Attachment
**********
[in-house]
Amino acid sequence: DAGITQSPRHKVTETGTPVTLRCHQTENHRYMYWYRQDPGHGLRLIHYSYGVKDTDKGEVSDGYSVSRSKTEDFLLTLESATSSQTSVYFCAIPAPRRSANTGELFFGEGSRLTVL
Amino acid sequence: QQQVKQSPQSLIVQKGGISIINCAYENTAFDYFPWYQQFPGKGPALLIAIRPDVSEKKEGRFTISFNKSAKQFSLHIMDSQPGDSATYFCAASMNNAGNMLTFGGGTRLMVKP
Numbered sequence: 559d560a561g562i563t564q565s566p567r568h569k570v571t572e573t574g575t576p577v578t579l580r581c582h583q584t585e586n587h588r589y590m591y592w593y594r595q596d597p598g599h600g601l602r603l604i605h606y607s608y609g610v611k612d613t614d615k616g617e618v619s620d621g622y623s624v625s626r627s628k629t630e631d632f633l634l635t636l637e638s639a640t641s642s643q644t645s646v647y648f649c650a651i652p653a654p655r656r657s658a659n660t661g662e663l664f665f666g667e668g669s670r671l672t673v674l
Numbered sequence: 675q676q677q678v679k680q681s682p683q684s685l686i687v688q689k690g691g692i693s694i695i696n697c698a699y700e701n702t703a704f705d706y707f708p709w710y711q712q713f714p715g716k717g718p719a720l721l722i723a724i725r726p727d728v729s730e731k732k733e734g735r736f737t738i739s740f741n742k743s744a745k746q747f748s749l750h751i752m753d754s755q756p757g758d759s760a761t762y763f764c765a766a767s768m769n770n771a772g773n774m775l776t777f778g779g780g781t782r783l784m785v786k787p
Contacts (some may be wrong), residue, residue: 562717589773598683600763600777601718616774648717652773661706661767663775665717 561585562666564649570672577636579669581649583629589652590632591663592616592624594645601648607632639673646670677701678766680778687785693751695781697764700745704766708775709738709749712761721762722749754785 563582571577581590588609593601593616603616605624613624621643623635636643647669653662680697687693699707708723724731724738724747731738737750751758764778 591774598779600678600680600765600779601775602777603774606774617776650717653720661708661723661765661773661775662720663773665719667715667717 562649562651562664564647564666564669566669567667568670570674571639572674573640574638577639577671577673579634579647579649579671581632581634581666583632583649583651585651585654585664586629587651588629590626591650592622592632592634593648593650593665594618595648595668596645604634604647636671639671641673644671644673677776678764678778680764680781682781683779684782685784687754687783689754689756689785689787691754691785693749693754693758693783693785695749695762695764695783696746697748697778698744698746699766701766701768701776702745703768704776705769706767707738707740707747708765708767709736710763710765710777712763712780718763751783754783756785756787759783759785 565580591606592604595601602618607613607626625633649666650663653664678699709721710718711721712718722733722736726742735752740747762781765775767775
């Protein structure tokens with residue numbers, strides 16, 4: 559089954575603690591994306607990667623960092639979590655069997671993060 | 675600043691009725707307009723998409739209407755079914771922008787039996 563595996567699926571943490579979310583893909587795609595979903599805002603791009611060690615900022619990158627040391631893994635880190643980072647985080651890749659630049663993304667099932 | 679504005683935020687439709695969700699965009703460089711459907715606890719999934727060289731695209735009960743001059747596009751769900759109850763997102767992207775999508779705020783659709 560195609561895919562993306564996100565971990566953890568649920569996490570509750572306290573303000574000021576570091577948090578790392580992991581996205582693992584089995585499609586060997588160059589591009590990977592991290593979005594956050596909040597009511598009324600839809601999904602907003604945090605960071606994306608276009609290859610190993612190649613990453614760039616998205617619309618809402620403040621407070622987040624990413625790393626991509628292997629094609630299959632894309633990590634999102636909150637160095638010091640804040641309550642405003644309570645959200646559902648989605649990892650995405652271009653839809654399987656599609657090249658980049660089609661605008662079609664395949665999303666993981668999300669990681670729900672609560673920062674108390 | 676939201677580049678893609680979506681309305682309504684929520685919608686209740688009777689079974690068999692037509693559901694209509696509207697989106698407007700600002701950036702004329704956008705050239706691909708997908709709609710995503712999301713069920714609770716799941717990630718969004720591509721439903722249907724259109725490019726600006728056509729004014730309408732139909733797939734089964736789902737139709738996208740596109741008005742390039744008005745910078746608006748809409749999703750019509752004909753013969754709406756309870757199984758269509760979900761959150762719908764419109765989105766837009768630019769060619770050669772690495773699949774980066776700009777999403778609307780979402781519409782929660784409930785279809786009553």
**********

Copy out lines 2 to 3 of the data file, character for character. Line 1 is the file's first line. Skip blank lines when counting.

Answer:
Amino acid sequence: DAGITQSPRHKVTETGTPVTLRCHQTENHRYMYWYRQDPGHGLRLIHYSYGVKDTDKGEVSDGYSVSRSKTEDFLLTLESATSSQTSVYFCAIPAPRRSANTGELFFGEGSRLTVL
Amino acid sequence: QQQVKQSPQSLIVQKGGISIINCAYENTAFDYFPWYQQFPGKGPALLIAIRPDVSEKKEGRFTISFNKSAKQFSLHIMDSQPGDSATYFCAASMNNAGNMLTFGGGTRLMVKP